Yellow Magic | Mustard in the Vineyards
As the end of winter nears, and the magic of spring begins to surface, our Willamette Valley vineyards come alive with golden waves of mustard beneath bare grape trunks. The landscape is breathtaking and hard to miss.
Mustard blooms all over the valley in early spring whether growing wild or planted by thoughtful vineyard teams as it’s not only a vision for the eyes but a feast for the vines. It thrives heavily until bud break, and then turns to mulch to provide valuable nutrients to emerging grape plants.
Mustard’s also beneficial on sloped grades, since the plants hold soil in place during winter rains to protect again erosion. They will sometimes pop up seemingly overnight because mustard seeds have been known to persist in soils for upwards of 20 years, and while some do go dormant they’ll magically revive during specific weather conditions or farming practices.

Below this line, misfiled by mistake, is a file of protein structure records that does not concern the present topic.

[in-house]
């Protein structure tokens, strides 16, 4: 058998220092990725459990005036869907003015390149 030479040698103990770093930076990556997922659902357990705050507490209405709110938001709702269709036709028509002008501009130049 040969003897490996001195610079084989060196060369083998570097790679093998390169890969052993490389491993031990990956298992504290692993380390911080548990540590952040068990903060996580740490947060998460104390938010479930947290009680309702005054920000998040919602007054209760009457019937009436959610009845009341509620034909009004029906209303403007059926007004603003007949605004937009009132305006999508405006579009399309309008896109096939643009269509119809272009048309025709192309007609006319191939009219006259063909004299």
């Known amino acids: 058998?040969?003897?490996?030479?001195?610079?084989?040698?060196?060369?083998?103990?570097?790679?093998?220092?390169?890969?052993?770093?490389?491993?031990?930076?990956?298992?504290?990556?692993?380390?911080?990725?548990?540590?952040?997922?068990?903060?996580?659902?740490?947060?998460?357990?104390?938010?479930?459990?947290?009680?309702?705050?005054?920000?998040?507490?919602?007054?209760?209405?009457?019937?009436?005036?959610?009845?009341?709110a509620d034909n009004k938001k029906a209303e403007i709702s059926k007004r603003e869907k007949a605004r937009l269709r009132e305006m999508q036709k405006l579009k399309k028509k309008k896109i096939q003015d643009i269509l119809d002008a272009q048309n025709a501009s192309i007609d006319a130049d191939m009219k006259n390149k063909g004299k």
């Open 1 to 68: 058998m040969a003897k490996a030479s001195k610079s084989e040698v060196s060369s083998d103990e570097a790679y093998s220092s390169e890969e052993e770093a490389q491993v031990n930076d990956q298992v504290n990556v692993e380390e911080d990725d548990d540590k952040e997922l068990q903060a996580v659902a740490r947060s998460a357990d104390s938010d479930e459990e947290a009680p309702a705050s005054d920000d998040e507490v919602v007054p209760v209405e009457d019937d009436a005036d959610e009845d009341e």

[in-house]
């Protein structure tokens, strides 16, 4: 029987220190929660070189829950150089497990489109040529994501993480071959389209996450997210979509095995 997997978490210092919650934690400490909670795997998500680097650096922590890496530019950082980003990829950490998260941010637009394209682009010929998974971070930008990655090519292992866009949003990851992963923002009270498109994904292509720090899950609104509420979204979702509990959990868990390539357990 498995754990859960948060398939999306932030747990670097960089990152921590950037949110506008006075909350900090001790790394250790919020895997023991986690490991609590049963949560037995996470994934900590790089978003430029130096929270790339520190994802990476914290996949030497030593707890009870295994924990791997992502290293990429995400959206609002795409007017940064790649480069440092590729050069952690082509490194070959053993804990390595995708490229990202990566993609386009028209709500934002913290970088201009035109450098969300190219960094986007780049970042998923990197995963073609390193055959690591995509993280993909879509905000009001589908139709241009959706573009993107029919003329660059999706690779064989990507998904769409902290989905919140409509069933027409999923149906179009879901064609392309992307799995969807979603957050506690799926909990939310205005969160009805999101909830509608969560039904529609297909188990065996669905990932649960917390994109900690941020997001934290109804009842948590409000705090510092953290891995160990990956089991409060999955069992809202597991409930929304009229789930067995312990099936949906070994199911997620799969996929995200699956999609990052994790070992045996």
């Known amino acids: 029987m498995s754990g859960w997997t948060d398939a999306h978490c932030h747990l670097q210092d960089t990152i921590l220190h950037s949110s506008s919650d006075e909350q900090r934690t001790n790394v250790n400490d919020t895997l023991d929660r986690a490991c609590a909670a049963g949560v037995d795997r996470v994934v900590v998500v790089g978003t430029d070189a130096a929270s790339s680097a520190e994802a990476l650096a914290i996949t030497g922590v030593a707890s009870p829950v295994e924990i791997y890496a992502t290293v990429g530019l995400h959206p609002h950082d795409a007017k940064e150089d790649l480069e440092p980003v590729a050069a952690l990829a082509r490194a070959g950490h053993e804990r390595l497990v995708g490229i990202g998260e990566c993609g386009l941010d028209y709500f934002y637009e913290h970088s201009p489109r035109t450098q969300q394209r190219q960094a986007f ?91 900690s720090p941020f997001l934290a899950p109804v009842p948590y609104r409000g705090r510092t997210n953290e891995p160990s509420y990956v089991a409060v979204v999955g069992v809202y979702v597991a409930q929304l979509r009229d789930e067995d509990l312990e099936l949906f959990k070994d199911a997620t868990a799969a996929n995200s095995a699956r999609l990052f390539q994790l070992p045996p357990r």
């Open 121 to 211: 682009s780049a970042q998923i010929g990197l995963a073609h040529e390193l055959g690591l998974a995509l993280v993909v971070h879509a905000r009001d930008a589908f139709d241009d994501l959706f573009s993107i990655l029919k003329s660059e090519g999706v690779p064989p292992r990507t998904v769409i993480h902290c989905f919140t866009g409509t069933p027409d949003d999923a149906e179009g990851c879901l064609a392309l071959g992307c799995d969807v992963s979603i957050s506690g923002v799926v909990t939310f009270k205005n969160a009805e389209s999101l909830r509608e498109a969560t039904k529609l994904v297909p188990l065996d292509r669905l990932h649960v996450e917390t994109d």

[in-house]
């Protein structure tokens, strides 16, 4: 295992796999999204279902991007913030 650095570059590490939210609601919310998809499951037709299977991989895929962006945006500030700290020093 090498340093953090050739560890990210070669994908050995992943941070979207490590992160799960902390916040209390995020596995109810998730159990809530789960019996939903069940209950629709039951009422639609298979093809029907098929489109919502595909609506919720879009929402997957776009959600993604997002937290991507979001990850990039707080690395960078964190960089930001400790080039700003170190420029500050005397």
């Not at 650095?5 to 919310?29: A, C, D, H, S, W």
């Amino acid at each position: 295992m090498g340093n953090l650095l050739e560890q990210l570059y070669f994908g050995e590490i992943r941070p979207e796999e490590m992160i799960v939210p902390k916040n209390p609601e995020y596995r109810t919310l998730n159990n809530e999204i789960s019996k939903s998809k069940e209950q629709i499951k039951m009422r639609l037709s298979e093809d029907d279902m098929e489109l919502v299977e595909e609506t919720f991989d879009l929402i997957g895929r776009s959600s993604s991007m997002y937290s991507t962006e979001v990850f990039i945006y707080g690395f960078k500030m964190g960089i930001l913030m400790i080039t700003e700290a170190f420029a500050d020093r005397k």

Another benefit of mustard’s growth is that it helps to suppress nematode or microscopic worm populations because mustard contains high levels of biofumigants. Some vineyards even create their own powerful varieties specifically bred to have high levels of Glucosinolate compounds. Worms dislike like the glucosinolates in the mustard, which give the plant its pungent odor and sharp taste. In essence, these beautiful blossoms set the vineyards up for success the year ahead and while they are pretty to look at, try not to disturb them and their hard work for the season to come.